» Learn more about Demand Response and Peak Shaving from BEAT’s webinar

GRID STORAGE (Clean Peak Standard)
Solar plus storage can be used to produce and store clean electricity for use by the grid (in front of the meter) during these peak times. Right next to the Doreen and Woodland Road plants, there is acreage where solar plus storage could be built.

And the Clean Peak Standard, the regulatory program for grid-scale storage in Massachusetts, allow for storage only, storage paired with off-site renewables, or storage paired with third party off-site renewables as options for feeding energy to the grid at peak. This allows sites with limited acreage like Pittsfield Generating to store energy while renewables in other locations are generating. This could be paired with solar on large scale rooftops, over brownfields, parking areas, transit corridors like alongside or over road or railways, etc.
» Learn more about the Clean Peak Standard from Clean Energy Group’s webinar

There is also  Mass Save’s “Connected Solutions” program that allows electric customers (behind the meter) to use battery storage in multiple ways:
– Demand Response – switching to stored energy instead of drawing from the grid at peak
– “Virtual Power Plant” – supplying stored energy to the grid at peak demand
– “Islanding” – supplying power to the building or other infrastructure to which it’s tied during outages (a bonus benefit of local resiliency for municipalities)
– Energy supply during off-generation hours, supplying power to the customer when their own solar or wind isn’t operational
All of these functions can be engaged whenever the customer desires and incentives for each kind of use can be combined for increased revenue and decreased pay-back period.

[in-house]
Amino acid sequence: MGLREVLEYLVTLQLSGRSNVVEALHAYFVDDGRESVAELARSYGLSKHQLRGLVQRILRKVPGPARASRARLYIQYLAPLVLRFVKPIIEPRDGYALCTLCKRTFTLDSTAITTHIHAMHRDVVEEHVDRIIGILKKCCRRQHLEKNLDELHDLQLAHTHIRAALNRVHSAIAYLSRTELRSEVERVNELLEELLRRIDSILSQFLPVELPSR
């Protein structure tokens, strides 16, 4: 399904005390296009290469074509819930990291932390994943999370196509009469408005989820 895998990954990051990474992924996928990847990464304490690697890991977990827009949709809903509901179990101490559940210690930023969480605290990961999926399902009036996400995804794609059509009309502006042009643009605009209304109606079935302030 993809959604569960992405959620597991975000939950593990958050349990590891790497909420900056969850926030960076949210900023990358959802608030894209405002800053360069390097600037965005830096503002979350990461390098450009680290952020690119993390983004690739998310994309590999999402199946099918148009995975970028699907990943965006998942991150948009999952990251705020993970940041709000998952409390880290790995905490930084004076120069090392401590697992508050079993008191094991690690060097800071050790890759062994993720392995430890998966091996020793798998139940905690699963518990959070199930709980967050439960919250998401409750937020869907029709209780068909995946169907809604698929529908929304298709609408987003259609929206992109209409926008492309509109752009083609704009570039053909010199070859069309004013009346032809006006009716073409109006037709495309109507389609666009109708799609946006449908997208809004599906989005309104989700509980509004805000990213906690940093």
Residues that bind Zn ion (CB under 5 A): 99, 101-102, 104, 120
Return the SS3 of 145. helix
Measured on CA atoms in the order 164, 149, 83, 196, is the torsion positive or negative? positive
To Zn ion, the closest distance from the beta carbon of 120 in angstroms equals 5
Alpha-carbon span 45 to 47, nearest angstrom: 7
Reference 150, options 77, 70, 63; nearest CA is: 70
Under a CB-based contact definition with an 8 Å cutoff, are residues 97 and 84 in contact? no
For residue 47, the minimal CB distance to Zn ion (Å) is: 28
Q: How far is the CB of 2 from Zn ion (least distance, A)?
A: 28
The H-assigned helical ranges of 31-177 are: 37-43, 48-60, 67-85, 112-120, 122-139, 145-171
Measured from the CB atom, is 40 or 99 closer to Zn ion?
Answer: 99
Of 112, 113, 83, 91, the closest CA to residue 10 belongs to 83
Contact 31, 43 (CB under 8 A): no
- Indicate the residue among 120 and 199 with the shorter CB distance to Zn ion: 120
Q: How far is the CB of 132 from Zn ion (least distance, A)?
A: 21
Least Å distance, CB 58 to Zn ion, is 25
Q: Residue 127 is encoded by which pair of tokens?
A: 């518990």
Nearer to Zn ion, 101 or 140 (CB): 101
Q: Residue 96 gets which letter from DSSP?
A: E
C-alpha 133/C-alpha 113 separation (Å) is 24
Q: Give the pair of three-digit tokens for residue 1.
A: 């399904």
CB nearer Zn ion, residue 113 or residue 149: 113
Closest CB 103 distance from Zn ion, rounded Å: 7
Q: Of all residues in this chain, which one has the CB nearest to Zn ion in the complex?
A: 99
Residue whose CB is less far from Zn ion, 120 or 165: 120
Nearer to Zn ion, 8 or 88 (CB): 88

All these alternatives replace dirty, air-polluting power plants with clean energy that would cost electric ratepayers less to operate. When solar is appropriately placed on rooftops, over parking lots, brownfields and other already disturbed areas instead of clear cut forest land, it brings clean generation closer to the location of demand as well.
» Learn more about Connected Solutions from Clean Energy Group webinar

Putting Peakers in the Past Coalition

Our opposition coalition, including area organizations, neighborhood groups and businesses who are opposed to the continued use of fossil fuel for peak demand.

Our Coalition is reaching out to plant owners to urge them to convert to clean energy storage options as soon as possible, rather than continue polluting until they become stranded assets as fossil fuel use is phased out by state law.

We believe that once people in the community understand the impacts of these power plants, we can take action together to shut them down! That may take the form of pressing for alternatives like switching them to grid storage and solar or pressuring to  shut them down altogether if demand response proves that they’re not needed.

PPPlogoWant to join in? Let’s build this movement together

Sign on to the Coalition Statement!

– Join our list-serv — groups.google.com/g/berkshirepeakers
– Sign up for Shave the Peak app — greenenergyconsumers.org/shavethepeak

(Short link for this page: tinyurl.com/PutPeakersInThePast or tinyurl.com/EndPeak)